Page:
How I got invited to a University of Georgia fraternity party at my age isn’t the story here. The story is what I saw when I went there.
It was the Sigma Chi’s annual gathering to select a chapter sweetheart. Sigma Chis the nation over take selecting a sweetheart seriously because somebody once immortalized young ladies so chosen with a popular song entitled, appropriately enough, "Sweetheart of Sigma Chi."
A banquet preceded the party. I don’t know what I expected. I had seen "Animal House." I knew that it was only a short time ago the college campus was a social battleground. Sometimes, it was just a battleground.
But what, I asked myself, are the prevailing moods and customs of the campus on this, the eve of the 1980s?
I know about the early sixties. It was button-down, slick-it-back, eat, drink and chase Mary in the tight skirt and monogrammed sweater. The late sixties and early seventies were angry and hip and taking things that made you crazy and wearing clothes to look the part.
The Sigma Chis on this night came dressed as a GQ ad. They were three-pieced and button-downed and blown-dried almost to a man. Their dates were clones from the Phi Mu house 15 years ago.
The chapter president, whose hair was shorter than mine, opened with a moving invocation. Gentlemen rose from their seats when ladies excused themselves from the tables. The dinner lasted well over an hour. Nobody threw a single morsel of food.
When the new sweetheart was introduced, the chapter stood as one and sang her their delicate, obviously inspired rendition of the sweetheart song while she cried. Donna Reed would have played her part. John Belushi would have been asked to leave.
There was some loosening up when the party began, but the frolic that followed wouldn’t have qualified as even a mild public disturbance.
The band played Marvin Gaye’s "Stubborn Kind of Fellow," "Sixty Minute Man," and the Temptation’s "My Girl." I know all the words to all three songs.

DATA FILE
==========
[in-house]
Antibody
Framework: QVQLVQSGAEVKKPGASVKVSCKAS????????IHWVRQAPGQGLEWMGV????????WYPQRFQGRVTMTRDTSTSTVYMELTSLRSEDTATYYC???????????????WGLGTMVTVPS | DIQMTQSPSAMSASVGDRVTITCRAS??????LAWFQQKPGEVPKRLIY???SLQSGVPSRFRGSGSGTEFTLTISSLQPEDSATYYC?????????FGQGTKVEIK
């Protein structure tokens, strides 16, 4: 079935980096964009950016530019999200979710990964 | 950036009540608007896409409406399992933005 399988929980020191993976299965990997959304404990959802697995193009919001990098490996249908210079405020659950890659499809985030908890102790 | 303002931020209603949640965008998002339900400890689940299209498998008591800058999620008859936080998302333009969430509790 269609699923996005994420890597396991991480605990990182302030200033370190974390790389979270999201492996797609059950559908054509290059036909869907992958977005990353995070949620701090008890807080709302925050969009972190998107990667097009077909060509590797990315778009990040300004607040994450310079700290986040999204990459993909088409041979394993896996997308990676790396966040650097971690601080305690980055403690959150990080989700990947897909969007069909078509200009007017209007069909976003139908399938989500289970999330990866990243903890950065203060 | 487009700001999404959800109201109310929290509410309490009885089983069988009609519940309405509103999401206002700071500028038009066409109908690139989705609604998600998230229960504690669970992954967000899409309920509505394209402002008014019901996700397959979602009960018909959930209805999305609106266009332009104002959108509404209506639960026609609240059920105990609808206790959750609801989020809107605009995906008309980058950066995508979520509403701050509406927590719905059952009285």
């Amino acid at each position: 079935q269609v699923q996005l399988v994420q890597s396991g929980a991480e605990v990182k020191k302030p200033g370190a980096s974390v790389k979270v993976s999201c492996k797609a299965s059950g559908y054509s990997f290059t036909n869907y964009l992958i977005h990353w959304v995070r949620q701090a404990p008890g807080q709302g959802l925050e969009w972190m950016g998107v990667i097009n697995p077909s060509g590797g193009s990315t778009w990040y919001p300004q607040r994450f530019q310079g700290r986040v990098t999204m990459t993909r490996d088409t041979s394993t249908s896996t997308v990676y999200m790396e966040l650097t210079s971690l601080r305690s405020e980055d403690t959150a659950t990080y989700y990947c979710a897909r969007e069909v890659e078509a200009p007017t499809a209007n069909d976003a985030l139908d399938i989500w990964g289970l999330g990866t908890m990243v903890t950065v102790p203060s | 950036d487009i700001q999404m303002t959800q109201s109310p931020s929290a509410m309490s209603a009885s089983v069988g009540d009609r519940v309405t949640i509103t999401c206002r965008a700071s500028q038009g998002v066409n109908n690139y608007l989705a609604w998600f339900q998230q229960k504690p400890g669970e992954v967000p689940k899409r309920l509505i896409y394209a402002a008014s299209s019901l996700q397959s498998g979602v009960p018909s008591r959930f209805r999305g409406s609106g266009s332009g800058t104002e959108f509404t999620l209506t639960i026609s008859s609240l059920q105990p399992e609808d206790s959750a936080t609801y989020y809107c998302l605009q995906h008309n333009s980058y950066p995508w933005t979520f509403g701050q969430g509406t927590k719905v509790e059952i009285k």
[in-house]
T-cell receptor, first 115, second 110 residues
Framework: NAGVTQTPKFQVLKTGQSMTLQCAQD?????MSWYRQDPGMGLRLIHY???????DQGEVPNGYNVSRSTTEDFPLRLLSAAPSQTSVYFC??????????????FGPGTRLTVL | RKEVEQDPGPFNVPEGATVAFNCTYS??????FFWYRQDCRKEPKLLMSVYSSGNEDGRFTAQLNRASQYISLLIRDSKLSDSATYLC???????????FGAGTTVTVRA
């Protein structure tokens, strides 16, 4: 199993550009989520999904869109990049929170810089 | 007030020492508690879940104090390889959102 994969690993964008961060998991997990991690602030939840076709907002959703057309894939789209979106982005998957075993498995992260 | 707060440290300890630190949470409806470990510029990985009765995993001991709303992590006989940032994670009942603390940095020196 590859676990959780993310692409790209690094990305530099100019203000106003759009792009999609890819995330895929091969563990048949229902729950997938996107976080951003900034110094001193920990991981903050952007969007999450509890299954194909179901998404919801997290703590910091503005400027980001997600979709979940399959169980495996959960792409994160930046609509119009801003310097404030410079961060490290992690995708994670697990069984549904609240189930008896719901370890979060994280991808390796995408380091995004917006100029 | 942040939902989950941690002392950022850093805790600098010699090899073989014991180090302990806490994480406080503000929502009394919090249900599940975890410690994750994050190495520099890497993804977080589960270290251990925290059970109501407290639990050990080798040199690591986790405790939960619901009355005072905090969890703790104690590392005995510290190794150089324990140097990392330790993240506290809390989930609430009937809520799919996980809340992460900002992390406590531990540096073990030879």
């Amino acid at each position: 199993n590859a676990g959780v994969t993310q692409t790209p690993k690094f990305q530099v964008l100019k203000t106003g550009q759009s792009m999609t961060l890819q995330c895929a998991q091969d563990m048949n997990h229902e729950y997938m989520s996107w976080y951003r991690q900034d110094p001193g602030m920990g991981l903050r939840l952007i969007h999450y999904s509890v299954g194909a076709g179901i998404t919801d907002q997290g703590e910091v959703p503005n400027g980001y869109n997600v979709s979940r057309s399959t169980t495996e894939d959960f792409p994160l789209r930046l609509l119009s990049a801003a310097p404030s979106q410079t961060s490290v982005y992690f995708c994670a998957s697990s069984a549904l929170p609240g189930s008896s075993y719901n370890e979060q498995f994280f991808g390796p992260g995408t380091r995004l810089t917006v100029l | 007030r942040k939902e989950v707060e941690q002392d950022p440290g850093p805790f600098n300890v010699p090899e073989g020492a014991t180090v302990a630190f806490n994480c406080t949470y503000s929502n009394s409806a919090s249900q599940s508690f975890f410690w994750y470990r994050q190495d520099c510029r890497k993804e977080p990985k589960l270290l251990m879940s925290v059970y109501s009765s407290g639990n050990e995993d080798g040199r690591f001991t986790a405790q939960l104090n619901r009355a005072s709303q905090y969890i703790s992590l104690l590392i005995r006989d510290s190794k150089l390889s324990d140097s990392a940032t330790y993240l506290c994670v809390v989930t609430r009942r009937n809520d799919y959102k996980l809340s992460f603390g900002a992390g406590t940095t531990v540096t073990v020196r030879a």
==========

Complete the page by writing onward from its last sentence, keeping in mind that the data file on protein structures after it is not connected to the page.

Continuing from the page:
A young man asked for something by Jackie Wilson, and the band gave him "Lonely Teardrops." Who turned back the time machine?
The booze was mostly beer. Somebody had a half-gallon of Jim Beam bourbon and was pouring it into Coca-Cola. The smokers I saw were pulling on Marlboros.
Later in the evening, a small ice fight broke out — it always did — and everybody danced the "Gator." I know grown people who still dance the "Gator," which involves lying on the floor and acting like a half-crazed reptile with a bad case of the shakes.
The University of Georgia was never a leader in the radical league and the war is over now and things are quieter everywhere, but it did occur to me after the Sigma Chi party that perhaps life on the campus has returned to normal, sis-boom-bah.
• Fraternities and sororities, spurned by many students just a few years ago, are making a big comeback at Georgia. "We are nearly overrun during rush," a Sigma Chi told me.
• Pot smoking is still prevalent among some students, I was told, but "drinking is back stronger than ever." Sigma Chi fines members caught smoking pot in the fraternity house.
• Political activism is down on the Georgia campus. SDS is dead and gone. The student body president ran with a bag over his head, the "Unknown Candidate" with no platform. He won in a walk.
The strongest and most active group on campus, believe it or not, is the Young Americans for Freedom, a conservative, pro-Reagan outfit.
"They don’t want to stop a war," said an editor at the student newspaper; "they want to start one."
Wonders never cease, and spring quarter approaches. Let’s go get a six-pack and have a panty raid.
Lewis Grizzard was a syndicated columnist, who took pride in his Southern roots and often wrote about them. This column is part of a collection of his work.